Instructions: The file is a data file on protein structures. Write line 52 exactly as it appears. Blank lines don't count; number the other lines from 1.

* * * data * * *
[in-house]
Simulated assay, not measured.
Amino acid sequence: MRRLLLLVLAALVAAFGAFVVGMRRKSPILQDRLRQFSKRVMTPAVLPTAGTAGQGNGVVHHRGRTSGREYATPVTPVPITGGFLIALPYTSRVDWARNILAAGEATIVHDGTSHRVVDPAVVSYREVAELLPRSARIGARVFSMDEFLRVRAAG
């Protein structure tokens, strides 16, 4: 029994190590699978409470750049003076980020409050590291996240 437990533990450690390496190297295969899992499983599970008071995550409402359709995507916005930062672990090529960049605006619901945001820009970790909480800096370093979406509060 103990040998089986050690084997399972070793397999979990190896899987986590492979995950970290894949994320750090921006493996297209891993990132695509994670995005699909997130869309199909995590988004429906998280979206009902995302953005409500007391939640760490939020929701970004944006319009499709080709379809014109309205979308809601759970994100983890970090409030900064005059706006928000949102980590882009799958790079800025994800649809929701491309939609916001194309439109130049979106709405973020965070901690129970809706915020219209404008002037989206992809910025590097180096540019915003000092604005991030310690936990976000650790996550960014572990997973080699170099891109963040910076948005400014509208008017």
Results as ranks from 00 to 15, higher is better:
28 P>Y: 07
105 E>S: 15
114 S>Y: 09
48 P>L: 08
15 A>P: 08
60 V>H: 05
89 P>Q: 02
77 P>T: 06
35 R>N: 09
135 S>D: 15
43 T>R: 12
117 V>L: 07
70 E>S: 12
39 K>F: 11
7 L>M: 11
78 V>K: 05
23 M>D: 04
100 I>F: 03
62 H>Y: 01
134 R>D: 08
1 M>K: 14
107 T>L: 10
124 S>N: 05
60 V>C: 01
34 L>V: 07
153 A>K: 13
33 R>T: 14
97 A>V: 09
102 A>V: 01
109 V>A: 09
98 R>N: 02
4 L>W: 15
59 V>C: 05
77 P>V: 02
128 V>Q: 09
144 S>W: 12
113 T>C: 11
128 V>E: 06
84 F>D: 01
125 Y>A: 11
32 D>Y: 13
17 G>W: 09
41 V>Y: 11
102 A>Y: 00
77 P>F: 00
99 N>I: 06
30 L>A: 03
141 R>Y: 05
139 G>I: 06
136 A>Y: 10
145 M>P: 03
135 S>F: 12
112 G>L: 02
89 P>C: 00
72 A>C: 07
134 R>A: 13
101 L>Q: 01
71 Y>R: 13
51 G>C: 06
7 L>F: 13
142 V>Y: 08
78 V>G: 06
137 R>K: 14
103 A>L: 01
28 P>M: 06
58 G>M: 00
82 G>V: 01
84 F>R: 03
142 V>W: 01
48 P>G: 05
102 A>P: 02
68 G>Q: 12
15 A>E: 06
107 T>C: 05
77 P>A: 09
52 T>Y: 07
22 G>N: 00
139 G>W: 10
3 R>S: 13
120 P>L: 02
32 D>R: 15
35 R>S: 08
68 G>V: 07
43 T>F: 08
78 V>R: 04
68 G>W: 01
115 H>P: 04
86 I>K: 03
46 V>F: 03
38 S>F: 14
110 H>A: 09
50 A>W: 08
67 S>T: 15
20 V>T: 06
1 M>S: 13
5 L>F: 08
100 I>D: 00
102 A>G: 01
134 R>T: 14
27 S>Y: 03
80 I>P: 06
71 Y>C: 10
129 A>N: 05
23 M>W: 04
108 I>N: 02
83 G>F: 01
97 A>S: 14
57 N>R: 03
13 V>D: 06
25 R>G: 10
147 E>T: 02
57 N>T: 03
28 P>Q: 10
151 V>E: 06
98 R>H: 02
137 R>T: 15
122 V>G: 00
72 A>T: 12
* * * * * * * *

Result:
30 L>A: 03